At my European case study track at SES, Jaron Schaechter, a co-speaker and German entrepreneur suggested that the UK, Germany and Netherlands were at "SEO 2006".
I respect Jaron's opinions. He's a smart man. I disagree with this assessment, though.
He wasn't alone though. A number of the US visitors - the first time visitors to London SES - noted how high level some of the presentations were. It's something that Nan Dawkins and I had a chat about in the small Hilton bar afterwards.
SES London tends to be composed of Search people - agencies, freelancers and in-house teams. It's increasingly rare to find any 'clients'. That's the been the trend for a while. As a result of this the native UK speakers do not tend to show off their good stuff. Much of Search - especially SEO - is about your IP and agencies tend to guard that. None of the UK agencies who spoke even hinted at the advanced or thorough analysis they do.
It's also worth noting that a large number of the speakers had flown in from the US. Even these speakers kept their presentations very basic and very top level. Are they behind the rest of the US? No! Where they wrong to keep things simple? No. That's the culture of SES London. Just as a side note; I thought SES really benefited this year from having a fresh bunch of speakers. I think Kevin Ryan, Mike Grehan and team should be thanked for that one.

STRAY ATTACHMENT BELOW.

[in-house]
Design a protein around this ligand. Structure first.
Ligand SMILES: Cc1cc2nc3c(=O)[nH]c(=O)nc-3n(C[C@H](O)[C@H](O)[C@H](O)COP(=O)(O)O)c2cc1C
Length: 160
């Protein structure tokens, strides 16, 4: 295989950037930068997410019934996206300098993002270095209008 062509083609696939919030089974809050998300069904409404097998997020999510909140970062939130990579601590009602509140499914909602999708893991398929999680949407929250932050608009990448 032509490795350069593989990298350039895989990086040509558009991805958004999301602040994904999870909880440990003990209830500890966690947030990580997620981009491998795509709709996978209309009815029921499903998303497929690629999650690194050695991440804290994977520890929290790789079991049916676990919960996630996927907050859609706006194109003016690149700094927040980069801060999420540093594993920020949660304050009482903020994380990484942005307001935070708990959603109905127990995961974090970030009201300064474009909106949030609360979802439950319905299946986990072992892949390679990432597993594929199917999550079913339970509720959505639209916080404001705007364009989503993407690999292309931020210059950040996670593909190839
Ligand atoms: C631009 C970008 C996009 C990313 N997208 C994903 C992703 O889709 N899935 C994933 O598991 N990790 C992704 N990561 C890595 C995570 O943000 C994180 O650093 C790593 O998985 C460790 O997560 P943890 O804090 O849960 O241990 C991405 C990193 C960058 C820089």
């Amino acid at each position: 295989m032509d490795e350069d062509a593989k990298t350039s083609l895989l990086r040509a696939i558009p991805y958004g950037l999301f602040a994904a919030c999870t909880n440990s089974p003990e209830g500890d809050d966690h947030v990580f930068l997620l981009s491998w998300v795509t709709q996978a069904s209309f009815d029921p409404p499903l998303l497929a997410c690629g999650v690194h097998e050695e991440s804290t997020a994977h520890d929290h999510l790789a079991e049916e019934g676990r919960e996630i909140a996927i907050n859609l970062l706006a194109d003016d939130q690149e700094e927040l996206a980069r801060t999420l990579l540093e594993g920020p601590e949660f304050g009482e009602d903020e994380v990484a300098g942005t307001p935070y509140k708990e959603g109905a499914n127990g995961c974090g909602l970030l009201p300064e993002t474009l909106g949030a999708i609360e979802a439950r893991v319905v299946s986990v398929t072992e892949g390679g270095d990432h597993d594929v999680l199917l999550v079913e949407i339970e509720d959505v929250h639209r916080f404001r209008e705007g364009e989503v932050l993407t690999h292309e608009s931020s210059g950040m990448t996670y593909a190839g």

We have a US office. We have three UK offices. Two German offices. I know these markets well and the techniques are all equal. Do you think the Germans don't read Search Engine Watch or Search Engine Land? They do. Of course they do.
In fact, European Search Marketers tend to have more experience in dealing with multi-lingual and multi-currency campaigns.
There is a difference in traditional media in Germany and the Netherlands when it comes to Search though. It's far easier to get interest from Trade Press journalists in the UK and US than it is in mainland Europe - but that's changing.
Search Engine Strategies made a lot of progress this year. I was pleased I went. I was pleased we didn't send any sales people. Given the progress made I'm sure the SES London team will begin to address the issue of the "top level culture" if it is even an issue for them at all.